We’ve all seen the “rules of writing”. You know the warnings about overdone clichés, story structure fitting a cookie-cutter template, show don’t tell, and more.

As a new writer, I remember sitting back and being overwhelmed by the number of things I wasn’t supposed to do in my writing. I can’t do this, I can’t do that…

What happened to “write what you want to write”?

My favorite quote, the one that helped get me started with writing, is “no one sees the world the way you do, so no one can tell the stories you have to tell.”

But what if the story you want to tell is full of clichés? Of overdone storylines? Of silly romances and love triangles and werewolves and vampires and superpowers and magic?

Here’s what you do… you write it.

You write to your heart’s content. You make the girl fall in love with two different characters. You let them take on a bigger power than themselves and defeat a dark lord. You take your characters on adventures to new worlds with talking animals and space drama. Own your fanfiction story and let your mind wander.

If that’s the story you want to tell, don’t let anyone tell you not to write it. Don’t shy away because it’s an overdone story. If you want to write it, write it.

And as writers, it’s time we stop stomping on new writers’ dreams. Let them practice and learn to fall in love with the writing process. Cheer them on when they hit word counts and tell cheesy stories and learn to love writing. Get excited with them when they can’t stop talking about how fun it is to send their characters on adventures, no matter how overdone it is.

Then, when they start to find their voice, applaud them for finding new ways to grow as writers. Point out their talents and abilities and unique takes on a scene. Help them see that their creativity and curiosity are helping them develop an amazing story.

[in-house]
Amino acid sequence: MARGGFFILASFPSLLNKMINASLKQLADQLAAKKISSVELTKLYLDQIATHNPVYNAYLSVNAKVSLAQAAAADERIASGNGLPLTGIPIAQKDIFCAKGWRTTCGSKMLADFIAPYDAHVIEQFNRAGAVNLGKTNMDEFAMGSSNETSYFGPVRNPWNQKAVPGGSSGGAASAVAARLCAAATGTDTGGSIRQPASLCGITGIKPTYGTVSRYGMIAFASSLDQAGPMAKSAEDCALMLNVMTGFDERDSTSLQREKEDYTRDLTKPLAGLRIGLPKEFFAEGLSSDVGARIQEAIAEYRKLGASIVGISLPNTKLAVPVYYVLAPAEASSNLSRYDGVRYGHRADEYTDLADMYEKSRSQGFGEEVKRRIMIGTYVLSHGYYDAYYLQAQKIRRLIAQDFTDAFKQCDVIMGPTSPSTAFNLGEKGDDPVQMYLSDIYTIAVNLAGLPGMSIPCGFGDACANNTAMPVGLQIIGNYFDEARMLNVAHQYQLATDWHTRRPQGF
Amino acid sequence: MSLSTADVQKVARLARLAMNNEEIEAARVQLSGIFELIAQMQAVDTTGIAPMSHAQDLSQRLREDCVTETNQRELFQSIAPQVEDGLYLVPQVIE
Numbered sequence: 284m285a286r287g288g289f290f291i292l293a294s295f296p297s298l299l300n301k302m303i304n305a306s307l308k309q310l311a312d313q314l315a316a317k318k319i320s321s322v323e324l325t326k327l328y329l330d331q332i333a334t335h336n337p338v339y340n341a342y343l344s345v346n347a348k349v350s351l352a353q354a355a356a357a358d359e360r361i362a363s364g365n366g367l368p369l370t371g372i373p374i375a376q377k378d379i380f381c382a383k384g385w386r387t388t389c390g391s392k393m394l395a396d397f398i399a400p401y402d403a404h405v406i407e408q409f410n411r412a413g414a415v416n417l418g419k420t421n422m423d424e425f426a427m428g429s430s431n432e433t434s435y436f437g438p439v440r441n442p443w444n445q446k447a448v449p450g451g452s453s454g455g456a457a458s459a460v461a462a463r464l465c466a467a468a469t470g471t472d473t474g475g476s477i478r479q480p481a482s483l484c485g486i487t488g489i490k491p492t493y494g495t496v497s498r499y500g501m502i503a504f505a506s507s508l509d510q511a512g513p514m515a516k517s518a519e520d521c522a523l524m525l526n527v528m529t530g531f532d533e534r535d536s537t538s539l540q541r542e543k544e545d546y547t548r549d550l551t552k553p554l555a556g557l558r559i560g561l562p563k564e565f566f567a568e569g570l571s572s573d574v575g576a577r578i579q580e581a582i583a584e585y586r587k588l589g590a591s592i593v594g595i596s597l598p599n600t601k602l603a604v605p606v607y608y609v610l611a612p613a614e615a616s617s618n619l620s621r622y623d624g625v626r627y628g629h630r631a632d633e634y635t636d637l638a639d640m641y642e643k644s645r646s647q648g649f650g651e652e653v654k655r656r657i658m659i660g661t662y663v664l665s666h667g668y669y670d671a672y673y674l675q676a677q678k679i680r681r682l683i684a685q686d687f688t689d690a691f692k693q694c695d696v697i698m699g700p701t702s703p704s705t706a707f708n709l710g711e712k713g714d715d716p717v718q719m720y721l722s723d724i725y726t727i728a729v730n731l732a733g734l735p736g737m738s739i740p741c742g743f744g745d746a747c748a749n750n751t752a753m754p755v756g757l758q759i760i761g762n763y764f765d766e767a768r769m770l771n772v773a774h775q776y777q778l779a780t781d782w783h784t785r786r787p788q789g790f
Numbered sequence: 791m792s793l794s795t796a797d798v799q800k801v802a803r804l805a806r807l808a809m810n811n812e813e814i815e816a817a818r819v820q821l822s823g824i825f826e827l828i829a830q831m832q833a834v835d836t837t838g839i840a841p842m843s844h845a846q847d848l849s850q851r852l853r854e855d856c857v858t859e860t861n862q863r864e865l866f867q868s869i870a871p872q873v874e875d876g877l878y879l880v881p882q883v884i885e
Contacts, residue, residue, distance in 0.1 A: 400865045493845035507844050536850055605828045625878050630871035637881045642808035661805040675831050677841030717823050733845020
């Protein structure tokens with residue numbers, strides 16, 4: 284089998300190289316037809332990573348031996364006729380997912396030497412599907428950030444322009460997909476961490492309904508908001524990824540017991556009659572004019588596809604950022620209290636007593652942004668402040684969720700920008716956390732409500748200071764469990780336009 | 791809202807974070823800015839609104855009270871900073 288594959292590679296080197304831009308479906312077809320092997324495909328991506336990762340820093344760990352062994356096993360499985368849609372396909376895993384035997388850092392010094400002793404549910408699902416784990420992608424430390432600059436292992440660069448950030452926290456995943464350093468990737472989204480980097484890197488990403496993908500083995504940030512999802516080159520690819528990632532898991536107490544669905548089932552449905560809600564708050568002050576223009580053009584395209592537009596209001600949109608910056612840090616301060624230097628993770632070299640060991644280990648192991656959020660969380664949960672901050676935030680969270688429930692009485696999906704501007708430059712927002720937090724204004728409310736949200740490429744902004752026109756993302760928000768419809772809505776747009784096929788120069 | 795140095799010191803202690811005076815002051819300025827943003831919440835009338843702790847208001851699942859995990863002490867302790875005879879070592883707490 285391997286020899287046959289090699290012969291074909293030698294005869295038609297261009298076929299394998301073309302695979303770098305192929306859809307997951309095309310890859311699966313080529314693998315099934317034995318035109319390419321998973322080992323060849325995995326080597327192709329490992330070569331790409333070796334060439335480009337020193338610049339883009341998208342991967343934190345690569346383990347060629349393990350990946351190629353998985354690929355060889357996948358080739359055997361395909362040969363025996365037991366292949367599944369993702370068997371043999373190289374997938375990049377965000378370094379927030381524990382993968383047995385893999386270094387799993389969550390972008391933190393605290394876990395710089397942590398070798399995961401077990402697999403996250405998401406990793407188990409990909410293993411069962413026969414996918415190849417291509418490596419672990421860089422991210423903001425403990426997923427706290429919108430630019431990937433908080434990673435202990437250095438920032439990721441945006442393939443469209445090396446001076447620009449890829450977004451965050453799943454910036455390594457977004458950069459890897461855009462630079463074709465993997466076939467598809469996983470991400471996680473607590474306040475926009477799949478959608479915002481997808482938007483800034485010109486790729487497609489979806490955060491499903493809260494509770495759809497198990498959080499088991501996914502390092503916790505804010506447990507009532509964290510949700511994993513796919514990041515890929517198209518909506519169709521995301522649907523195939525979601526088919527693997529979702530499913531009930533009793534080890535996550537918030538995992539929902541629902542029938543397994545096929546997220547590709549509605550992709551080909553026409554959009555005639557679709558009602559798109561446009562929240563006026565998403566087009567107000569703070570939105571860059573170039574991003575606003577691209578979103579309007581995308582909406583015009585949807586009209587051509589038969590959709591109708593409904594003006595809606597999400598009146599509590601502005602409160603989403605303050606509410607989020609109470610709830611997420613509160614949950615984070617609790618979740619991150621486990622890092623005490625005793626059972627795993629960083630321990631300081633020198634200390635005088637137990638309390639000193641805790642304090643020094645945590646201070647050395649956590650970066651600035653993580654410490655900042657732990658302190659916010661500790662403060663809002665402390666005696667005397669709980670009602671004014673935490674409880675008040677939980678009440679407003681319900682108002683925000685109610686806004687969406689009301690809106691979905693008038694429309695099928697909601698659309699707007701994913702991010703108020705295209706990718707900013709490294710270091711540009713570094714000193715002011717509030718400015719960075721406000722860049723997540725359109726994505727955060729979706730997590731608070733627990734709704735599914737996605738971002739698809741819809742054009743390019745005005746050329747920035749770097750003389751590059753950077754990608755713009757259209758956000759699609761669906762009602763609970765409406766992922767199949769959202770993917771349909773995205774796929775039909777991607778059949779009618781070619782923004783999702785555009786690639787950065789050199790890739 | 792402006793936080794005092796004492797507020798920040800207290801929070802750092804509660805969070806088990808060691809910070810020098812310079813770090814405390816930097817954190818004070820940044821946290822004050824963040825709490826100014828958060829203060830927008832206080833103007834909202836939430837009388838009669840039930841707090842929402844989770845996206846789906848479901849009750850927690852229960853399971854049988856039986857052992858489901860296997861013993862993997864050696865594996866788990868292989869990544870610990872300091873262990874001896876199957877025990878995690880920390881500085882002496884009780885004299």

As a writing community, we are supposed to be helping other writers feel welcomed. Applaud our new members by building them up instead of tearing them down for using an overdone love triangle. Let them be happy and develop their writing. Encouragement helps them discover their talents and branch out into new territory once they have practice.

And if they choose to stay in the same cliché, then that’s their choice. They might be comfortable there or they might have the unique talent of sharing it in a new way.

Let people write the story they want to write.

I tell this from experience. In my first book, I tried something that I’d never read before — I included music references. Sure, I’ve seen passing mentions of bands and songs, but I’d never seen the music actually be an integral part of the story.

Sure, I made sure my book worked without needing to look up the songs. Besides, you don’t want your reader to have to pause, look up music, and then return to the pages. I made it flow, but I also did my best to deliver an even stronger experience by weaving very specific songs into my work.

I was told flat out it was a terrible idea. Many people tried to talk me out of including them. So many people were worried I was relying too much on it.

But to me, the music made the experience that much better. No, not everyone was going to go back and listen to the songs, but the few that did would get a different experience of emotion.

And I’m happy to say that the second book’s playlist is now available for you to listen to. It was a fun challenge and a way to bring my book to life in my head and hopefully in yours.

I’m happy I was able to do something different. I’m happy I didn’t listen to people when they said to remove the references. It makes my book unique and I was able to write exactly what I wanted to write and how I wanted to write it. I owned it and soon I’ll have a second published book.

If you want to check out the playlist, here it is! You can also find it on Apple Music.

Posted by:The Winter Writer

This blog is the brainchild of someone who wanted a complete lifestyle change so I got rid of all of my excess stuff and wrote a novel in 10 days. I now write for fun and coach others who want to cultivate their passion and get stuff done at laura-winter.com.

2 replies on “Write What You Want to Write

  1. I write for myself first. If it’s not a story I would want to read, how can I expect anyone else to read it? Plus, I want to actually enjoy the writing process. Hopefully, what I write is a story others want to read, too. Enjoyed reading your perspective on this topic!

    Liked by 1 person

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